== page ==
9 Reasons Sales Transformations Fail
Sales transformation is a hot topic because success can yield a 10 percent to 20 percent revenue increase.
But you have to pick your battles. As a chief sales officer once told Barry Trailer, managing partner at CSO Insights, “If I implemented every sales effectiveness initiative that was brought to me, I’d be out of business in six months.”
Let’s buzz through the highlights of a webinar Trailer recorded at Dreamforce, titled “Sales Transformation Fail!”
9 Reasons Why Sales Transformations Fail:
1. Lack of executive commitment
Measure commitment by executive involvement. It’s not enough to simply throw around money and allocate a budget for the project. The executives must be involved and engaged.
2. Lack of dedicated resources
How many people have free time? Most people aren’t raising their hands, but this is often the amount of time given to new initiatives. A new project can’t just be someone’s side job. It needs a dedicated resource to make it through implementation.
3. Failing to address culture
Peter Drucker has been attributed as saying, “Culture eats strategy for breakfast.” Don’t try to change your culture. Make the strategy work with what you’ve got.
4. Misunderstanding the role of technology
A lot of companies think new technology will fix everything, and they’re disappointed when this turns out to be false. Technology is not a silver bullet. It needs to be an enabler of the company’s goals, not the answer.
5. Confusing sales methodology with sales process
Although they’re similar, it’s important these concepts don’t get confused. A process needs to be in place for a methodology to act on. A methodology can’t replace the process.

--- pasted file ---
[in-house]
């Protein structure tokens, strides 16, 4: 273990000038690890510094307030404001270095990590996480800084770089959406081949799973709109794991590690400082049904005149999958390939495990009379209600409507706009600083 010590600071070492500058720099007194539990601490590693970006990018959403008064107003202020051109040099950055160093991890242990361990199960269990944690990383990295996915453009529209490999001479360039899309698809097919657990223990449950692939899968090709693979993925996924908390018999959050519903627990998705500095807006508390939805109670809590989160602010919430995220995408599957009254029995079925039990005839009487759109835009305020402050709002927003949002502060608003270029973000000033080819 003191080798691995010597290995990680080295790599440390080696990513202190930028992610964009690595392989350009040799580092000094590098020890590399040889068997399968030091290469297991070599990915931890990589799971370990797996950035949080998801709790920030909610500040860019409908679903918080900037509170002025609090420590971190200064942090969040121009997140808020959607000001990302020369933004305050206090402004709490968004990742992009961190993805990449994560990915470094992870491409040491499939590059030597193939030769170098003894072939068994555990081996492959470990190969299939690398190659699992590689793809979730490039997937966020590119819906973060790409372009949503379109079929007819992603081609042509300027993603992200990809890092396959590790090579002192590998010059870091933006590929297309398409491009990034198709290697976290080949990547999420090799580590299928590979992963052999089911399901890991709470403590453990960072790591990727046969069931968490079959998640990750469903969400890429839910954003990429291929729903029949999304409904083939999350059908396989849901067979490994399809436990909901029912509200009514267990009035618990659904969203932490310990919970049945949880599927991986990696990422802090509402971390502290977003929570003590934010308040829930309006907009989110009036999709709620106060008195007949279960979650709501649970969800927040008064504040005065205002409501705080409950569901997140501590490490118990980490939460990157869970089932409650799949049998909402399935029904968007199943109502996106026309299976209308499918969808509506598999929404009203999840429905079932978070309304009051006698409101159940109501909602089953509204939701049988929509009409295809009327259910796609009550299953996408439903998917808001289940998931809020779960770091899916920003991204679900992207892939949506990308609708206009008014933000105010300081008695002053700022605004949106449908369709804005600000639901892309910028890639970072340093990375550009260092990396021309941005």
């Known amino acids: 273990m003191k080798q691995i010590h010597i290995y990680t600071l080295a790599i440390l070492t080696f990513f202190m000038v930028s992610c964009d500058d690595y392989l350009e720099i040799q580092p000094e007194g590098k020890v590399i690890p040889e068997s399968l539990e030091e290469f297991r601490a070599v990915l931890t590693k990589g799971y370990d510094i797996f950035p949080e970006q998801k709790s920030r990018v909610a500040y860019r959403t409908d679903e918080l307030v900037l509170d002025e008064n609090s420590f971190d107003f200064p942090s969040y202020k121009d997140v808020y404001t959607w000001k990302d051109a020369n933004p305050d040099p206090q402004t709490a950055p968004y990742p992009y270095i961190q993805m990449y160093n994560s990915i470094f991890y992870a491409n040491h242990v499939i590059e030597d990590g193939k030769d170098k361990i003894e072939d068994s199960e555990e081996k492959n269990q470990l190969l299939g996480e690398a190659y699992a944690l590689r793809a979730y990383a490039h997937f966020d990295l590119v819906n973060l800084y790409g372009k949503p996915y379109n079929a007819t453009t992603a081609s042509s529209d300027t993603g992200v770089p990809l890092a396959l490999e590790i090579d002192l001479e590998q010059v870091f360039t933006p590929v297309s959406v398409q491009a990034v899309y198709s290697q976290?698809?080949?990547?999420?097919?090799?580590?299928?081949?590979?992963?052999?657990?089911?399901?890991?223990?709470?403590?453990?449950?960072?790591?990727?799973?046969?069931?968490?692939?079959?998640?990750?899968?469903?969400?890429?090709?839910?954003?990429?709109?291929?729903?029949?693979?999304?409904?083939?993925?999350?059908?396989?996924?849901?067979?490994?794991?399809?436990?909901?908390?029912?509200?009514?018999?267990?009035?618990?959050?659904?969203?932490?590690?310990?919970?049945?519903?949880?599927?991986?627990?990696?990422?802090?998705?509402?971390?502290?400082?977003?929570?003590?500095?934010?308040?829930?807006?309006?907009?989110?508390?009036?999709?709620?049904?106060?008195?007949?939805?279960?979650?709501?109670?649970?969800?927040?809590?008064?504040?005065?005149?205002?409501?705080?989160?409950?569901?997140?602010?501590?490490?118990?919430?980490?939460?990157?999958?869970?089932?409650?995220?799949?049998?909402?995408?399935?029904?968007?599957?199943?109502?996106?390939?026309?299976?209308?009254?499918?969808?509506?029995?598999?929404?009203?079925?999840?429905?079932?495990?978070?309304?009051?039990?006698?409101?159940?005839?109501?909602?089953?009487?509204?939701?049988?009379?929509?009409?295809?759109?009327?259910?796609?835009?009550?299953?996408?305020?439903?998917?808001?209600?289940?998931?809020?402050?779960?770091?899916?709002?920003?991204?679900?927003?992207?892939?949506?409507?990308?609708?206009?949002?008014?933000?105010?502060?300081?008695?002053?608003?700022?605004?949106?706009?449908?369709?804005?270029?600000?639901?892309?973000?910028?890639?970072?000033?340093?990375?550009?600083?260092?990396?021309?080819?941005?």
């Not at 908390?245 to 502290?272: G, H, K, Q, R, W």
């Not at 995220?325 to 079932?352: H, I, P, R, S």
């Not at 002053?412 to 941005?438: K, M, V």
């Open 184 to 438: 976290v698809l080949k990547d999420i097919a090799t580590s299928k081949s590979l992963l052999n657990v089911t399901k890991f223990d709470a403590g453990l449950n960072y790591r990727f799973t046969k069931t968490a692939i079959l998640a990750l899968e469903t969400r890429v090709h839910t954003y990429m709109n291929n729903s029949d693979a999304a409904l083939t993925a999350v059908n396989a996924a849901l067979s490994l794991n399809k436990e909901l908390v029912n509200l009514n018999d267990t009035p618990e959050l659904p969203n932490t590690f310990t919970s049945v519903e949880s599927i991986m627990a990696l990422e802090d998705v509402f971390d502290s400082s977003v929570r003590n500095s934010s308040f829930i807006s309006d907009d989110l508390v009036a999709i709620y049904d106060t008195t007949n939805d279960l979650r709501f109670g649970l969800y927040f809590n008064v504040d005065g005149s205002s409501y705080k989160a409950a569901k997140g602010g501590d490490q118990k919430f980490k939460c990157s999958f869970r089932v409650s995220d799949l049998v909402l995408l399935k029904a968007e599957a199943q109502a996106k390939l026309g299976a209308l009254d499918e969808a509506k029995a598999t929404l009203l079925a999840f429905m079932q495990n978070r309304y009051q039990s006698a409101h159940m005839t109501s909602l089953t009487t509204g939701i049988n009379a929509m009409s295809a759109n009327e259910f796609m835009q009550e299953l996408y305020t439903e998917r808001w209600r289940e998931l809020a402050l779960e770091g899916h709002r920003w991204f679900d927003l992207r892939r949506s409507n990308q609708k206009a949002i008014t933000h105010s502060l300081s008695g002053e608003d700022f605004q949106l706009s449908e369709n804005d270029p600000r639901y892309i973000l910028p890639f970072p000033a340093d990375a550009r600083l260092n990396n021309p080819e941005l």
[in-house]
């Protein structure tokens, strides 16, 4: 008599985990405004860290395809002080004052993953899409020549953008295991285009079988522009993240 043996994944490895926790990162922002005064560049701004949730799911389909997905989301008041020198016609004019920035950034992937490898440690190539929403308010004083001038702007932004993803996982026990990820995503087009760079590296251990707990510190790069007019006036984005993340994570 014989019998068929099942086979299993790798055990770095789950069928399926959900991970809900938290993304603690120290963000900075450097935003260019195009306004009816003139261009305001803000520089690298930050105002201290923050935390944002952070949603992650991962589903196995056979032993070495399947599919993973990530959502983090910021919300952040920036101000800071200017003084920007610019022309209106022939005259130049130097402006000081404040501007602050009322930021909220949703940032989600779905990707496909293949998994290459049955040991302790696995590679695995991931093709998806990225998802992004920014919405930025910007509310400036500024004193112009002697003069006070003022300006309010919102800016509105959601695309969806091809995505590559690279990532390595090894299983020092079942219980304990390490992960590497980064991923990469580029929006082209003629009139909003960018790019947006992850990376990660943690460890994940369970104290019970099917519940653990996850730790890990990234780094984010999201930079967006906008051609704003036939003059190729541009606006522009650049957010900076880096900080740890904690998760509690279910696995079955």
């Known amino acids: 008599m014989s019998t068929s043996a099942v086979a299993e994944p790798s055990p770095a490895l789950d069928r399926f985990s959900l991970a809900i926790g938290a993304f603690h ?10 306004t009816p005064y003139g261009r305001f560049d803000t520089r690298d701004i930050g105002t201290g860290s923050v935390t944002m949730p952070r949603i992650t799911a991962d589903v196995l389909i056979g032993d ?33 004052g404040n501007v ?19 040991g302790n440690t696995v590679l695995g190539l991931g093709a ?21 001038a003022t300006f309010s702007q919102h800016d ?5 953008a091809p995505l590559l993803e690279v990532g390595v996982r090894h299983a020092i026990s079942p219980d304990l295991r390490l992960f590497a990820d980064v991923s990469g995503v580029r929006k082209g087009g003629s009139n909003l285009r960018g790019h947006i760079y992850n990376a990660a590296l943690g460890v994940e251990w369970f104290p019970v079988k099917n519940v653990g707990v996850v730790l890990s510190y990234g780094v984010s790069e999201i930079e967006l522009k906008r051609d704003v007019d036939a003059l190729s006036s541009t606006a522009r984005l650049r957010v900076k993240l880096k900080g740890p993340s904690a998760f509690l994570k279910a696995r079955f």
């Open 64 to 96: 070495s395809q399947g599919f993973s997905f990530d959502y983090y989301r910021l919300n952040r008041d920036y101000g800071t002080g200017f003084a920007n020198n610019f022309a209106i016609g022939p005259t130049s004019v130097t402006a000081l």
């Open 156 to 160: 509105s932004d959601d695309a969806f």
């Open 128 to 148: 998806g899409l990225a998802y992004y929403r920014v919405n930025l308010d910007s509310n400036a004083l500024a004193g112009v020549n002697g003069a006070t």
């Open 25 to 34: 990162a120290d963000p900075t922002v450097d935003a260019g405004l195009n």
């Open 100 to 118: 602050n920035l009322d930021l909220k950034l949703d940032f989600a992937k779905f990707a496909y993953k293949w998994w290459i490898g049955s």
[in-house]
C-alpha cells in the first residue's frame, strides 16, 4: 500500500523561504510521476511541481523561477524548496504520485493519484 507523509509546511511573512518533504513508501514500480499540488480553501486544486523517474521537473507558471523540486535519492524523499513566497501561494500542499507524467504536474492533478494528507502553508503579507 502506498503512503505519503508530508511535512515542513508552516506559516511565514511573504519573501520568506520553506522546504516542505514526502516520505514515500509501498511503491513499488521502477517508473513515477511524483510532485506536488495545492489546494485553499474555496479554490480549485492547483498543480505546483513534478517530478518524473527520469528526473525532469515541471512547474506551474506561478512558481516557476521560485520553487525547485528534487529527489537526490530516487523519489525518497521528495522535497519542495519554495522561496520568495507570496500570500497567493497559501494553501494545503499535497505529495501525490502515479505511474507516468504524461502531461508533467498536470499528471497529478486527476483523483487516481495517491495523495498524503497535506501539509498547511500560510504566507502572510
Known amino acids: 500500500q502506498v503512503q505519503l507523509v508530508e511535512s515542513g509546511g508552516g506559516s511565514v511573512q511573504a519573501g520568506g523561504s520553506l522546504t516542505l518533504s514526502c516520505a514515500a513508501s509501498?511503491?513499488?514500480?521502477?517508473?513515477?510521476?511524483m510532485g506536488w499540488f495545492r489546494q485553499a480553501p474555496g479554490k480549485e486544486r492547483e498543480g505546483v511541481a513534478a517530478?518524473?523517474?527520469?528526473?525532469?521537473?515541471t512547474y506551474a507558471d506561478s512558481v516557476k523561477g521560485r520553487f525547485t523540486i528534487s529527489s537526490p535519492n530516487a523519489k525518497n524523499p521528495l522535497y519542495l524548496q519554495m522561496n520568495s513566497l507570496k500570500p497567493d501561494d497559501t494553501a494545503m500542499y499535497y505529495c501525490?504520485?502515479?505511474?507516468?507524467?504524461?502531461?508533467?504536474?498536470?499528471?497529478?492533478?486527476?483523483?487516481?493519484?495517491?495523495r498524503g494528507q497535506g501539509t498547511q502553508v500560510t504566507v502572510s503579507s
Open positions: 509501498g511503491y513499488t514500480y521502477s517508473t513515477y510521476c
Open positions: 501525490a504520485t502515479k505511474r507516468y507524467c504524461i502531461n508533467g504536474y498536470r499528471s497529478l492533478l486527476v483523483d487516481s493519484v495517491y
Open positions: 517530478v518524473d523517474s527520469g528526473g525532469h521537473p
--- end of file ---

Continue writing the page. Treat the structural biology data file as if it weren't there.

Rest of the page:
6. Stuck at Sales Management 1.0
Managers need to manage millennials in new ways and can’t rely on doing what was done to them. Make sure managers have accurate metrics and aren’t stuck with old processes.
7. Champagne dreams, beer budgets
It’s easy to dream big, but lofty results will only happen if your sales teams receive proper resources. Make sure your goals fit the allotted budget.
8. Trying to go it alone
Many sales leaders think they can drive new initiatives in their spare time. The best results come from a focused team effort.
9. Assuming one and done
A process needs to be regularly repeated for it to be effective. Think of it like the Golden Gate Bridge. They paint from one end to the other and then start back at the beginning once they finish.
Don’t take on everything at once. Figure out why something isn’t working and improve from there.
To learn more about how to manage effective sales transformations, watch Barry Trailer’s Dreamforce presentation here.